Because Genesis tells us that God made us in his image, it's hardly surprising that the process of "creation" outlined in Genesis is an exact blueprint of the process of creation we humans employ every time we move successfully from creative idea through to producing an end result -- from essence into form.

Did God create everything, or are we creating it now?

What was it that God "created"?

The traditional, religious interpretation is that "the heaven and the earth" means the universe as we now perceive it. This, we are led to believe, is what God created in six days. This view also implies the existence of a man-in-the-sky concept of God that is somehow external to us mortals.

If you really scrutinise and challenge Genesis, it is saying something far, far greater than this. The implications are so awesome, it's no wonder they are beyond belief. It's no wonder that when masters come to remind us of this, they are murdered and their messages twisted into a travesty to fit the limitations of our egos.

What I believe "heaven and earth" to be is the image of God that we are made in. "Heaven and earth" is a symbolic way of saying "everything." In the beginning God conceived everything as an essence, outside time and space -- in the eternal present. He projected his energy into a mirror image of himself -- and the Bible called it the soul of Adam. The six so-called "days" are the building blocks of his plan. His purpose was simply to experience all the possibilities (planned and random) that man-as-God-incarnate could come up with in manifesting his creative essence -- the energy source that sustains us all.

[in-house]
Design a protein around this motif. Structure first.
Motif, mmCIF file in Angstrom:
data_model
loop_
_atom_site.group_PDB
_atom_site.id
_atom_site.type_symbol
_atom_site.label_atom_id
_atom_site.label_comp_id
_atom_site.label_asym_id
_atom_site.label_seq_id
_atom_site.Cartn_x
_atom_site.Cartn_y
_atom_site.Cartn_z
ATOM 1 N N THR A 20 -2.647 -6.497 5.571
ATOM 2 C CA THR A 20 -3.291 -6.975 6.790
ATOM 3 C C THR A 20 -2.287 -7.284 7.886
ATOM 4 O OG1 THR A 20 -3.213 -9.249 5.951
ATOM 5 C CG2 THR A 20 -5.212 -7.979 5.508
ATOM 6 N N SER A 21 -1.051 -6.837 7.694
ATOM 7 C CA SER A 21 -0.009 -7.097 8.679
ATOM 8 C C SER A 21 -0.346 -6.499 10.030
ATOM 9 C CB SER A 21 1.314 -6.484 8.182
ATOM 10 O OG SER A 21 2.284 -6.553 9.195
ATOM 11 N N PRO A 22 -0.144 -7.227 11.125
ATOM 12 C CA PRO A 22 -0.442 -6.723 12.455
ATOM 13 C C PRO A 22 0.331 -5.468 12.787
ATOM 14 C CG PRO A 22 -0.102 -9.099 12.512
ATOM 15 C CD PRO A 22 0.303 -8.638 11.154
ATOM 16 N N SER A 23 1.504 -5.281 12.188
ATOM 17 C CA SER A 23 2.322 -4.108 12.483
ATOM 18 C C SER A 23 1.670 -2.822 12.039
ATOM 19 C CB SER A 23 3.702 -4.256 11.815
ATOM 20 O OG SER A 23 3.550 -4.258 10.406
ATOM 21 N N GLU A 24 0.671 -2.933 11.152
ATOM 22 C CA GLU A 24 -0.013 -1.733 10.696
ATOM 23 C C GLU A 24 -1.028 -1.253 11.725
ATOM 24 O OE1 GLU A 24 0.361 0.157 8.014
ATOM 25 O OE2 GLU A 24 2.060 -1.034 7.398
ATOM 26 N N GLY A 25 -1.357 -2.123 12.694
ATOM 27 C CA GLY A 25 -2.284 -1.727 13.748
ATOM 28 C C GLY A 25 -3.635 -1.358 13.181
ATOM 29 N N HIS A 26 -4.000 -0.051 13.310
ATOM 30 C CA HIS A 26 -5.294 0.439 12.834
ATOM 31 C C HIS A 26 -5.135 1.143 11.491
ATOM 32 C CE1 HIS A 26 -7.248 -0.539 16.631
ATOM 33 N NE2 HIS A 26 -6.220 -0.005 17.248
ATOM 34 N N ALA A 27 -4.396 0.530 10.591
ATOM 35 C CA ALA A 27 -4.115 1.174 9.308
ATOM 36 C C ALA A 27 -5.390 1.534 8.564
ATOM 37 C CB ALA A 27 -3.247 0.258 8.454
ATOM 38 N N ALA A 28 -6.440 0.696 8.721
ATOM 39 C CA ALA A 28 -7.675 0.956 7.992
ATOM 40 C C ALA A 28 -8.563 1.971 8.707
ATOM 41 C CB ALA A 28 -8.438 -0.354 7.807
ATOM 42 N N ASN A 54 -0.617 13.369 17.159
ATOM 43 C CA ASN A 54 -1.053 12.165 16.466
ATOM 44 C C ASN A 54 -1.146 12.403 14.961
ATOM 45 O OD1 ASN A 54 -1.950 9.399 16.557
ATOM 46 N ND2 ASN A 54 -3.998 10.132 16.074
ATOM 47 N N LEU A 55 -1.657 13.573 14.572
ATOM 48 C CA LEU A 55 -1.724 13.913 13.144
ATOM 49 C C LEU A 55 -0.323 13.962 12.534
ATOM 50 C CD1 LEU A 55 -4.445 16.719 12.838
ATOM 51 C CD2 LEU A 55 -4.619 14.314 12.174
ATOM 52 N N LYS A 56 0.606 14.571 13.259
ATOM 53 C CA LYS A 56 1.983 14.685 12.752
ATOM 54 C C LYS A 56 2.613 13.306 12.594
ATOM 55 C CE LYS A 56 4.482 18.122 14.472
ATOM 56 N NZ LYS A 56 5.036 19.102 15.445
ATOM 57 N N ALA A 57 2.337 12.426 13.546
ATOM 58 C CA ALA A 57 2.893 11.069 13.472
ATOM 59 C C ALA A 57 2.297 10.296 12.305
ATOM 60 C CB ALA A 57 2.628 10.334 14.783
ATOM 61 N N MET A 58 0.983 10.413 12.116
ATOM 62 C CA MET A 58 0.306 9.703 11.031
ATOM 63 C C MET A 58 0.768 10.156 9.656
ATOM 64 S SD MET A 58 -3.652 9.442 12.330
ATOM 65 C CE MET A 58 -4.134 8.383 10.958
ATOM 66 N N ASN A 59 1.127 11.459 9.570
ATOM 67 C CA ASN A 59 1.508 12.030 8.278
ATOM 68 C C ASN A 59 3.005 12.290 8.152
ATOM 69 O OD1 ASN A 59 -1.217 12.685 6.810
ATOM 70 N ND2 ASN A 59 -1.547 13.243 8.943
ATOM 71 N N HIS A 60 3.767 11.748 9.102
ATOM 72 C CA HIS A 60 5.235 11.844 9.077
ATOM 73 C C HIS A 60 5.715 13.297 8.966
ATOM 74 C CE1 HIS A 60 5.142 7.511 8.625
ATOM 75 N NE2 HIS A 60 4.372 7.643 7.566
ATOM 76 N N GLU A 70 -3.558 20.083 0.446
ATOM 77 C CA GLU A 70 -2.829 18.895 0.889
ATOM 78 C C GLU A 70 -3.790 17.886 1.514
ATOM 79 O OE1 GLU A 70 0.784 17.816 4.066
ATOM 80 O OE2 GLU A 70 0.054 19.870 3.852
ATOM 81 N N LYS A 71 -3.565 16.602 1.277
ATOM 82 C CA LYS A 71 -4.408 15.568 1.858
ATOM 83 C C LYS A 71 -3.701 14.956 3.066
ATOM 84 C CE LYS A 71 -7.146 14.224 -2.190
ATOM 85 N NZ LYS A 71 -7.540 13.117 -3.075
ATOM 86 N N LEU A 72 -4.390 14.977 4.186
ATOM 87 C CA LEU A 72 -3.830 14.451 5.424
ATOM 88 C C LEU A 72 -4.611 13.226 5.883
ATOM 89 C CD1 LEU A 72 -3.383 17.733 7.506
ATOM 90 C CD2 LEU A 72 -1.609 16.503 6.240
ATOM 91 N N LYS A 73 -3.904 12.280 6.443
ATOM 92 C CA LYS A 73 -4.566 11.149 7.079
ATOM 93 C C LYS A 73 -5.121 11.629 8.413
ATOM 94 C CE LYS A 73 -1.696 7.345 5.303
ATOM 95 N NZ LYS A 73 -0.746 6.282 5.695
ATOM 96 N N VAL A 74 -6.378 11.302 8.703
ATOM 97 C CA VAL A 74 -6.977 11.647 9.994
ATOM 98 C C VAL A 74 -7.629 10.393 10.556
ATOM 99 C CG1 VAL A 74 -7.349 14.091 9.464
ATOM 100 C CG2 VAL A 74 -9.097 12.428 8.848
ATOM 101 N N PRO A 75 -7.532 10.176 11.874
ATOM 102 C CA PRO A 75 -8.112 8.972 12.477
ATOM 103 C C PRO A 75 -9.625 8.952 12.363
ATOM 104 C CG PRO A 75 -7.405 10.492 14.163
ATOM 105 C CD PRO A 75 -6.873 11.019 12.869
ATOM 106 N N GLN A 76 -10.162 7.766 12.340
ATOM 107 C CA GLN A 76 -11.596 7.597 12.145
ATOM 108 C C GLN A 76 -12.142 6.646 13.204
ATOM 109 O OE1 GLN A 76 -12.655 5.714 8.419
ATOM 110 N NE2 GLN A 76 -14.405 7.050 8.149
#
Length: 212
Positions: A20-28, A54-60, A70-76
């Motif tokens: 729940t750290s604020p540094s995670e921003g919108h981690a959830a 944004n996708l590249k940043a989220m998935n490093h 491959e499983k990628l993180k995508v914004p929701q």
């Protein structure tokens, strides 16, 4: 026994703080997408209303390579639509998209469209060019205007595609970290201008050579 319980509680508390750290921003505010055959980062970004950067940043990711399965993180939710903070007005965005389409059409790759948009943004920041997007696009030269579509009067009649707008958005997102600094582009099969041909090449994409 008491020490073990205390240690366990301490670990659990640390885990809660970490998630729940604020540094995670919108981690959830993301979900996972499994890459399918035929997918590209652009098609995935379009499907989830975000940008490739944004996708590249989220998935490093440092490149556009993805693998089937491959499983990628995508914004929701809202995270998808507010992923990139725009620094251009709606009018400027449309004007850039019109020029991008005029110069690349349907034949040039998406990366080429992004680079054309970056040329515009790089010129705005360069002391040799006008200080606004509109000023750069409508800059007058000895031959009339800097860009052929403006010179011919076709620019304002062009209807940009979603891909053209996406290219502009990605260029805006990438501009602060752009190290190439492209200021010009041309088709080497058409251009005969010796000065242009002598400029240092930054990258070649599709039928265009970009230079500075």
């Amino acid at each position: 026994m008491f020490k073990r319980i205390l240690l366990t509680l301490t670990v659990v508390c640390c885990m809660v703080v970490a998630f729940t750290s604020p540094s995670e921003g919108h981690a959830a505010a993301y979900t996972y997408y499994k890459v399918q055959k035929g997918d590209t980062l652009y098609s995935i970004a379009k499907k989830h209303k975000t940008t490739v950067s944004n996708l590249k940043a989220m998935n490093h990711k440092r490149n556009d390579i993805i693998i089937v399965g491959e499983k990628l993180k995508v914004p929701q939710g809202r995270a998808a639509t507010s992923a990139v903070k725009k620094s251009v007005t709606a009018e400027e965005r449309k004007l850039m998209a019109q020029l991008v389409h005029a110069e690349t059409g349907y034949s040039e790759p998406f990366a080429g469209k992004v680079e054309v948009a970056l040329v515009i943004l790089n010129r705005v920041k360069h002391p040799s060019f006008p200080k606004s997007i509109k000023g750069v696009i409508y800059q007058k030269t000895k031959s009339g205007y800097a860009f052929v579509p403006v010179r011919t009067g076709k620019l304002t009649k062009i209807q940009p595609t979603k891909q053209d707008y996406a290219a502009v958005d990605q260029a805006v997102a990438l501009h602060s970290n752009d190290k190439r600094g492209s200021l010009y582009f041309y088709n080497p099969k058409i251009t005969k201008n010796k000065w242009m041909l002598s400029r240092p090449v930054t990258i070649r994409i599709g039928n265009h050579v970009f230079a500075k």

Of course, the external "God concept" of religion did not cause the universe to happen -- man-as-God-incarnate is the cause of everything. That's what's too huge for our egos to handle.

At some point in our spiritual evolution we existed in full awareness of this mind-bogglingly awesome possibility -- the so-called Garden of Eden. Then our consciousness became contaminated. We forgot who we really are and what power we have. We were tricked into using our creative power against ourselves and each other. We were fooled into believing we know better than God what should or should not be so. We became convinced we know right from wrong and have the authority to impose our point of view on others at any cost. We became utterly obsessed with the delusion that matter exists "out there" in the cosmos and in the quanta.

Science and religion are both doing their best to find meaning in the mysteries, but in very different ways with very different criteria for truth.

The combatants of science and religion will no doubt continue to play hardball with their opinions till they get sick and tired of being sick and tired -- or the financing runs out. The only way to win that game is not to play. The peacemakers can focus on fulfilling our life's purpose.

Mine is simply to enjoy and share the abundance of spirit that is in unlimited, unfailing supply.

Feel free to join me with comments, questions, etc.

Click here to explore my work-in-progress, Original Heresy: The Light Behind the Shadows in the Bible. This goes far more deeply into biblical symbology than space here allows, so do please let me know how it grabs you.